“In this world nothing can be said to be certain, except death and taxes.”
~ Benjamin Franklin
Life in Italy isn’t always a Hollywood montage of accordion-infused wine and Gucci models on Vespas. (To that point, Sara Rosso of Ms. Adventures in Italy recently summed up some of the least glamorous details of expat life in “Those Lucky Bastards…right?”) True, there is more than enough glamour and romance and adventure here to make putting down roots into Italian soil worth every bureaucratic migraine, but… well, consider these two horrifying words: tax season.
We are American citizens with residence in Italy, which means we file taxes in both countries. Now, Italian tax law is like a mile of yarn twisted into an intricate ball. While modern lawmakers recognize that the yarn has become discolored and frayed over time, they can’t begin to think how to unravel the mess, so they simply tie new wads of legislature to the outside. The universally accepted solution here is to hire an accountant and pray that he knows what he’s doing.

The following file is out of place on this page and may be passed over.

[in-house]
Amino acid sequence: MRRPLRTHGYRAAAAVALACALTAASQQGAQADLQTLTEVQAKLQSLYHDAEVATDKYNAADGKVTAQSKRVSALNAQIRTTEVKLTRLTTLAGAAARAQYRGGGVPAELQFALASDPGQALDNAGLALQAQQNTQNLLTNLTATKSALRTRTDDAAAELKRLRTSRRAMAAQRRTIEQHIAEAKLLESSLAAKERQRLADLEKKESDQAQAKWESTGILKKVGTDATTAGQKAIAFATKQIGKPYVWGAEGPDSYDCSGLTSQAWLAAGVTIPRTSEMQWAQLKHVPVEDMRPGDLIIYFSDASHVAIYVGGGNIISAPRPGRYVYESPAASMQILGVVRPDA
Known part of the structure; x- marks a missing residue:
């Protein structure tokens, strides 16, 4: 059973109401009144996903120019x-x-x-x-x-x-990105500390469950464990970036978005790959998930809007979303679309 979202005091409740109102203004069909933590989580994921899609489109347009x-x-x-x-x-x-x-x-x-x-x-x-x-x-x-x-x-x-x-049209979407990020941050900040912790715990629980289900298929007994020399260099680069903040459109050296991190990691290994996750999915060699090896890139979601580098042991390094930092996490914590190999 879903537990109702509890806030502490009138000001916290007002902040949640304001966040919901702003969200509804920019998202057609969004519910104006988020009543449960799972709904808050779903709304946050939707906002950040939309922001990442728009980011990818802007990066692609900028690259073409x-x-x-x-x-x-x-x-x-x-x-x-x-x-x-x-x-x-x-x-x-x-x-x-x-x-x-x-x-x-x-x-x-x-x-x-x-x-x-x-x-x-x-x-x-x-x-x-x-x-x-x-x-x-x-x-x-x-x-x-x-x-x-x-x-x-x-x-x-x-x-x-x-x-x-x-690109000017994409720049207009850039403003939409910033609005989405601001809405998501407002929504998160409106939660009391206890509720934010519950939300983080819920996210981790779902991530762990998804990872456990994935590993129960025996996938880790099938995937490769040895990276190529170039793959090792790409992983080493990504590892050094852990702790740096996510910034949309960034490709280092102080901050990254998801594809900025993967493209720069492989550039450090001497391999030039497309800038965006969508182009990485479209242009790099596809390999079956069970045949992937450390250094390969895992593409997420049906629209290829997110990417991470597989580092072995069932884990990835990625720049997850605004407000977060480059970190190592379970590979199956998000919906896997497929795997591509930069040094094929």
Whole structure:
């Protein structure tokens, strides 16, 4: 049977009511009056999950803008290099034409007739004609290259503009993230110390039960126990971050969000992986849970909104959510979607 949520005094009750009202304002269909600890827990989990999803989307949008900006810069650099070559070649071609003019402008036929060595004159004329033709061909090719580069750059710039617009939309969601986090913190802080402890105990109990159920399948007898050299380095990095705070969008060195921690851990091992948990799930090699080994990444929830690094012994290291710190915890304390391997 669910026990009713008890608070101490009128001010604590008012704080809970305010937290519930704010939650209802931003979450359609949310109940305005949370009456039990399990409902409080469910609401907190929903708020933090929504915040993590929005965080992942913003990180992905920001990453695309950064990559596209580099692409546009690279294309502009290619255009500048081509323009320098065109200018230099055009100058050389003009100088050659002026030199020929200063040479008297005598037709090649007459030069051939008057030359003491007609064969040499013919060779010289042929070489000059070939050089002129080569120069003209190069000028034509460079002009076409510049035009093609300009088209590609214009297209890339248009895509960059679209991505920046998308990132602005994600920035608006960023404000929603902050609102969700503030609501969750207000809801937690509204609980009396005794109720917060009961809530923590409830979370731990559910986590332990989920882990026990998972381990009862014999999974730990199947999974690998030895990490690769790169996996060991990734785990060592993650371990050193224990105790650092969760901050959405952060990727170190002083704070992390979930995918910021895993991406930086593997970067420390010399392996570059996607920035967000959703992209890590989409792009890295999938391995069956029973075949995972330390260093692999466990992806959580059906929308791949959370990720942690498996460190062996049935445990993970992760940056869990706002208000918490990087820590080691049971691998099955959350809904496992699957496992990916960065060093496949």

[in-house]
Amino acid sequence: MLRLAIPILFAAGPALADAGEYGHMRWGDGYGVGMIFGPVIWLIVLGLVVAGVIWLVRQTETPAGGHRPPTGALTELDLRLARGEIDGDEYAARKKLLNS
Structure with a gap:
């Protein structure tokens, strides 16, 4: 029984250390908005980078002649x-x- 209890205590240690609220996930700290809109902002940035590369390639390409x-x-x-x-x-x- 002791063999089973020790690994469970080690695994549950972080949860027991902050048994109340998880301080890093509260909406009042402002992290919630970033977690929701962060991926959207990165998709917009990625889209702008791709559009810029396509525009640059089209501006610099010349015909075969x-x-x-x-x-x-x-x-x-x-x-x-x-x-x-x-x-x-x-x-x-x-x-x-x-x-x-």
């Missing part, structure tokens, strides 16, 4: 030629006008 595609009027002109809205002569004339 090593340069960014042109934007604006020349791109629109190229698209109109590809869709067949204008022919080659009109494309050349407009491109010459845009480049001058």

American tax laws, on the other hand, are laid out in such exhaustive accessibility that I can never bear to pay someone to do in one hour what I could figure out myself in one hundred… million. Plus, I get some kind of demented thrill by entering numbers into financial forms. The weeks leading up to April 15th each year are a lot like those centrifugal force carnival rides—painful, nauseating fun that is always more endurable in retrospect.
I’m not to the retrospect stage yet this year. In fact, I’m feeling thoroughly green around the edges. However, while I convert euros to dollars and look up obscure self-employed-expat tax limitations and throw up occasionally and pray harder than ever that our Italian accountant knows more about his country’s laws than I do about mine, those Hollywood montages help more than anything. A little starry-eyed perspective goes a long way here in the valley between international bureaucracies, I’ve discovered. Especially the part about wine.
How do you feel about tax season? No, really?